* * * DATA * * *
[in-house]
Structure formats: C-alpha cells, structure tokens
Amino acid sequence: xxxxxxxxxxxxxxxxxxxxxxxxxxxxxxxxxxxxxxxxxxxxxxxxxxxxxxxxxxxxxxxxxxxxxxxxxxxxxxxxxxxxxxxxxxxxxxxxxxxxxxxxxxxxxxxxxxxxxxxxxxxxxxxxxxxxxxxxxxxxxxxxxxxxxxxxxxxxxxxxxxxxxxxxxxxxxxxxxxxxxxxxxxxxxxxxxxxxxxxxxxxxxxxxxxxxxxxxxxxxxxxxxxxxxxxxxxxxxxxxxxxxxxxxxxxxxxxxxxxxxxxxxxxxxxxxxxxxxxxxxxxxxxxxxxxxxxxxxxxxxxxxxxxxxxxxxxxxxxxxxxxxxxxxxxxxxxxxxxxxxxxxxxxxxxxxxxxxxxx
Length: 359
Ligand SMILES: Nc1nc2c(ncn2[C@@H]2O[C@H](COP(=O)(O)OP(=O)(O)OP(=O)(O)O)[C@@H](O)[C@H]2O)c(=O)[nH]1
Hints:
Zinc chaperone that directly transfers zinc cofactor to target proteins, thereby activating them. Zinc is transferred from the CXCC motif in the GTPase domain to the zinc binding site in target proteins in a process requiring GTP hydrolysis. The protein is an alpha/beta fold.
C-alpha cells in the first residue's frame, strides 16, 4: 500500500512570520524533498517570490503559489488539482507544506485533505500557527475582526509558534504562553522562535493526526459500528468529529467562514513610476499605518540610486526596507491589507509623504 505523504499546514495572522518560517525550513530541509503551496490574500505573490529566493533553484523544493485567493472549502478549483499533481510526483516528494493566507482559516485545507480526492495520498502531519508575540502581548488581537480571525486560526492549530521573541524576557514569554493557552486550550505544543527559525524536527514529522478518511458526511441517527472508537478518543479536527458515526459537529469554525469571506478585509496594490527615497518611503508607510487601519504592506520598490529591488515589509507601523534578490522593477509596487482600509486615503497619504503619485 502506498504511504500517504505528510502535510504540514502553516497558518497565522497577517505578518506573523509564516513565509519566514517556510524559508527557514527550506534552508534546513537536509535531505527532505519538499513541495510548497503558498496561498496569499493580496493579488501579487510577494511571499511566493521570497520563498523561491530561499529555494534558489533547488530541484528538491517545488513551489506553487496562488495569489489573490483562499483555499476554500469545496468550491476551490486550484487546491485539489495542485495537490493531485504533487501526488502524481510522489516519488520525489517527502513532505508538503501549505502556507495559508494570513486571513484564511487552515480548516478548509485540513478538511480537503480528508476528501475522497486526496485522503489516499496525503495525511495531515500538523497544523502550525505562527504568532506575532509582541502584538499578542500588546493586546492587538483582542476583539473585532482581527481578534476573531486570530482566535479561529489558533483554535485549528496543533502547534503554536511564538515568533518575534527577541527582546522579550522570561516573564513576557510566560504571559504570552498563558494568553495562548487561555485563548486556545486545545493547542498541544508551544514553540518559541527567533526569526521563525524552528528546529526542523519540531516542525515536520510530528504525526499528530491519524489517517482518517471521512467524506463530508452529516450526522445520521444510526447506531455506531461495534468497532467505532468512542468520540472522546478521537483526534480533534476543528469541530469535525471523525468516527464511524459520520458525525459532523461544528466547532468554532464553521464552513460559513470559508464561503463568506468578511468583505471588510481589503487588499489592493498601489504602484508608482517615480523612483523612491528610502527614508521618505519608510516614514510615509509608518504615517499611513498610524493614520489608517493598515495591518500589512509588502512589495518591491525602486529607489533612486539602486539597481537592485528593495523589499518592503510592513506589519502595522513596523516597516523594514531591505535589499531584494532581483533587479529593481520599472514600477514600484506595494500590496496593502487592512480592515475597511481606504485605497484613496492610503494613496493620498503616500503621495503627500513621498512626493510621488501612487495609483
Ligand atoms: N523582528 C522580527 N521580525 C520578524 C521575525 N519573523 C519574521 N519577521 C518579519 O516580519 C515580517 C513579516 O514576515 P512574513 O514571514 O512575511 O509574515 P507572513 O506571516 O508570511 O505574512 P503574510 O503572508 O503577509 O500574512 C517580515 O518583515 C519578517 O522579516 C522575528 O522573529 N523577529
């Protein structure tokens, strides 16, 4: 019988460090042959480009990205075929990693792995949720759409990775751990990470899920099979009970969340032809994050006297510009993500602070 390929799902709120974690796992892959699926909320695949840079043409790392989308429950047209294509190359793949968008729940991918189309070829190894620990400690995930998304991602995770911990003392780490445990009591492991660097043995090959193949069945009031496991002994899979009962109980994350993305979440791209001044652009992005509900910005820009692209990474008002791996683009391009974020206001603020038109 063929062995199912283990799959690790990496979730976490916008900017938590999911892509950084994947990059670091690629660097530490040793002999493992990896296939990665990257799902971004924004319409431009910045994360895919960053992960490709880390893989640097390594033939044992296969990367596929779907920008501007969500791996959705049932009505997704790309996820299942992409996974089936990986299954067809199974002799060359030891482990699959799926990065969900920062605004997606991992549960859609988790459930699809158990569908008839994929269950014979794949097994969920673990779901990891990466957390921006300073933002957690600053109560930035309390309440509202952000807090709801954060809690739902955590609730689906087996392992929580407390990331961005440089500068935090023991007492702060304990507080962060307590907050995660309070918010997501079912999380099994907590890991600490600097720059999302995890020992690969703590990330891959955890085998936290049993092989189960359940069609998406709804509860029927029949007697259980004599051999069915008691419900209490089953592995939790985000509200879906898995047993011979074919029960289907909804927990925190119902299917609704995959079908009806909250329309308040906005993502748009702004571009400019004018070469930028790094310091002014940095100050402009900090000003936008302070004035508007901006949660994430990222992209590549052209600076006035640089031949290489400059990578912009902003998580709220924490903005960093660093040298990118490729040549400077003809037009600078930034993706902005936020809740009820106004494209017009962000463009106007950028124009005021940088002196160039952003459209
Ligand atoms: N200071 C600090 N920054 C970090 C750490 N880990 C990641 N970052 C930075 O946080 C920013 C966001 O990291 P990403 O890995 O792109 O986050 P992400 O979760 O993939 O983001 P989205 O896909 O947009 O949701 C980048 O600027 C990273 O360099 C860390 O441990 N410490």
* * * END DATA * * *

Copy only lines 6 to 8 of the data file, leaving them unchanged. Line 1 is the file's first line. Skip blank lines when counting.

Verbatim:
Hints:
Zinc chaperone that directly transfers zinc cofactor to target proteins, thereby activating them. Zinc is transferred from the CXCC motif in the GTPase domain to the zinc binding site in target proteins in a process requiring GTP hydrolysis. The protein is an alpha/beta fold.
C-alpha cells in the first residue's frame, strides 16, 4: 500500500512570520524533498517570490503559489488539482507544506485533505500557527475582526509558534504562553522562535493526526459500528468529529467562514513610476499605518540610486526596507491589507509623504 505523504499546514495572522518560517525550513530541509503551496490574500505573490529566493533553484523544493485567493472549502478549483499533481510526483516528494493566507482559516485545507480526492495520498502531519508575540502581548488581537480571525486560526492549530521573541524576557514569554493557552486550550505544543527559525524536527514529522478518511458526511441517527472508537478518543479536527458515526459537529469554525469571506478585509496594490527615497518611503508607510487601519504592506520598490529591488515589509507601523534578490522593477509596487482600509486615503497619504503619485 502506498504511504500517504505528510502535510504540514502553516497558518497565522497577517505578518506573523509564516513565509519566514517556510524559508527557514527550506534552508534546513537536509535531505527532505519538499513541495510548497503558498496561498496569499493580496493579488501579487510577494511571499511566493521570497520563498523561491530561499529555494534558489533547488530541484528538491517545488513551489506553487496562488495569489489573490483562499483555499476554500469545496468550491476551490486550484487546491485539489495542485495537490493531485504533487501526488502524481510522489516519488520525489517527502513532505508538503501549505502556507495559508494570513486571513484564511487552515480548516478548509485540513478538511480537503480528508476528501475522497486526496485522503489516499496525503495525511495531515500538523497544523502550525505562527504568532506575532509582541502584538499578542500588546493586546492587538483582542476583539473585532482581527481578534476573531486570530482566535479561529489558533483554535485549528496543533502547534503554536511564538515568533518575534527577541527582546522579550522570561516573564513576557510566560504571559504570552498563558494568553495562548487561555485563548486556545486545545493547542498541544508551544514553540518559541527567533526569526521563525524552528528546529526542523519540531516542525515536520510530528504525526499528530491519524489517517482518517471521512467524506463530508452529516450526522445520521444510526447506531455506531461495534468497532467505532468512542468520540472522546478521537483526534480533534476543528469541530469535525471523525468516527464511524459520520458525525459532523461544528466547532468554532464553521464552513460559513470559508464561503463568506468578511468583505471588510481589503487588499489592493498601489504602484508608482517615480523612483523612491528610502527614508521618505519608510516614514510615509509608518504615517499611513498610524493614520489608517493598515495591518500589512509588502512589495518591491525602486529607489533612486539602486539597481537592485528593495523589499518592503510592513506589519502595522513596523516597516523594514531591505535589499531584494532581483533587479529593481520599472514600477514600484506595494500590496496593502487592512480592515475597511481606504485605497484613496492610503494613496493620498503616500503621495503627500513621498512626493510621488501612487495609483